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Fading El Nino will boost Argentina crops

12/07/2012 @ 2:51pm

Argentina is on track for bumper crops this season, although quality will suffer and isolated areas will see output affected by the fading El Nino weather pattern, Buenos Aires Cereals exchange weather analyst Eduardo Sierra said in a report Friday.

Fields in Argentina, one of the world's top grain exporters, have been soaked by repeated and heavy showers over the past three months, slowing planting of the country's soybean and corn crops.

The heavy showers were blamed on the warming of equatorial pacific waters typical of El Nino. El Nino usually brings wet weather for key farm belts in South America.

While El Nino was in effect from July to September, it has largely dissipated, according to the U.S. Climate Prediction Center.

Despite the fading El Nino, affects are likely to be felt through the rest of Argentina's growing season through alternating periods of dryness and heavy showers, and wide swings from extreme heat to short, but intense cold snaps, Mr. Sierra said.

That will increase the presence of insects, weeds and crop diseases and complicate planting and harvesting, according to Mr. Sierra.

Despite the slow start to planting, Argentina's farmers are on track to shatter production records for both soybeans and corn this season, encouraged by high global prices and aided by the wet weather.

To date, farmers have seeded 54% of the 19.7 million hectares expected to go to soybeans this season, down 15 percentage points on the year, according to the exchange.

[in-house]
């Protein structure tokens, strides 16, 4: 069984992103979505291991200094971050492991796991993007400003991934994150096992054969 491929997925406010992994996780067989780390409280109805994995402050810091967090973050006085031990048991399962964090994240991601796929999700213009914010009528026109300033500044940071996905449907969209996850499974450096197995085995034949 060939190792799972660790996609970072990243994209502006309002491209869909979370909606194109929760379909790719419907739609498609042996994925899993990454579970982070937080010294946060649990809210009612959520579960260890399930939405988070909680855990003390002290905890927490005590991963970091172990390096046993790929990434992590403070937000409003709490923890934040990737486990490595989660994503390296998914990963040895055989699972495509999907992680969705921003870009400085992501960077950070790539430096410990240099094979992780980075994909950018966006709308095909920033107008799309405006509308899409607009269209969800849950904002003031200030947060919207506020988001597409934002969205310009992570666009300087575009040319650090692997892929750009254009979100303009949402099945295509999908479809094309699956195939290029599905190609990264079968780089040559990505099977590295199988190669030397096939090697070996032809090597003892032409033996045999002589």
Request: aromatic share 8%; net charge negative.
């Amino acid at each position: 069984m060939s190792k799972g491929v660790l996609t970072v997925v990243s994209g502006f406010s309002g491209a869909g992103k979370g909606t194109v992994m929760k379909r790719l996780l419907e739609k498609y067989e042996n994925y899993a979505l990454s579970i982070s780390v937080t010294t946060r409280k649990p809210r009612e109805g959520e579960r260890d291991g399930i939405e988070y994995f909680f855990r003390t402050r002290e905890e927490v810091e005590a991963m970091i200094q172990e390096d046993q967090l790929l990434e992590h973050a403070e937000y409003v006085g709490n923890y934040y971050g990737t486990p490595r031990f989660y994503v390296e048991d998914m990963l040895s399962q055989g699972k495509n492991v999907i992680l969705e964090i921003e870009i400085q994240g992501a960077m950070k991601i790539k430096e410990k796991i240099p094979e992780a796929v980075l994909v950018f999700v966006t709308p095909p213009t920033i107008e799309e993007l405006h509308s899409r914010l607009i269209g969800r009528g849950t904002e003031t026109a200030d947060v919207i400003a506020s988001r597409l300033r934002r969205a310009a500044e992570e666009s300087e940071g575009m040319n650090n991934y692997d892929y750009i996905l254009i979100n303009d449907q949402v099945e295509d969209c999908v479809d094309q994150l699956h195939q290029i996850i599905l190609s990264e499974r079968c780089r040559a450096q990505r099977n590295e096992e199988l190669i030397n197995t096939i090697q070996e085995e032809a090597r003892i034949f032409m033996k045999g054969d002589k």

The U.S. department of Agriculture is expecting Argentina to grow a record 55 million metric tons of soybeans, up from the previous record of 52.7 million tons set during the 2009-10 season.

Argentina is the world's No. 3 soybean exporter behind Brazil and the U.S. and is the world's leading exporter of soyoil and soymeal. Global soybean markets are counting on bumper crops from South America this season to make up for the heavy drought losses suffered by the U.S. crop.

The wet conditions have also slowed corn planting in Argentina, the world's No. 2 corn exporter.

So far, 55% of the 3.4 million hectares expected to go to corn this season have been planted, down 14 percentage points on the year. Area is seen down 12% on the year.

Early on, expectations had been for a record 28 million tons of 2012-13 corn production, but output is now likely to be 26 million to 27 million tons because of the planting delay, according to the corn growers association Maizar.

That will still top Argentina's previous corn record of 24 million tons during the 2010-11 season and is up sharply from the 21 million tons harvested during the drought-ravaged 2011-12 season.

-Write to Shane Romig at shane.romig@dowjones.com.
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December 07, 2012 15:29 ET (20:29 GMT)
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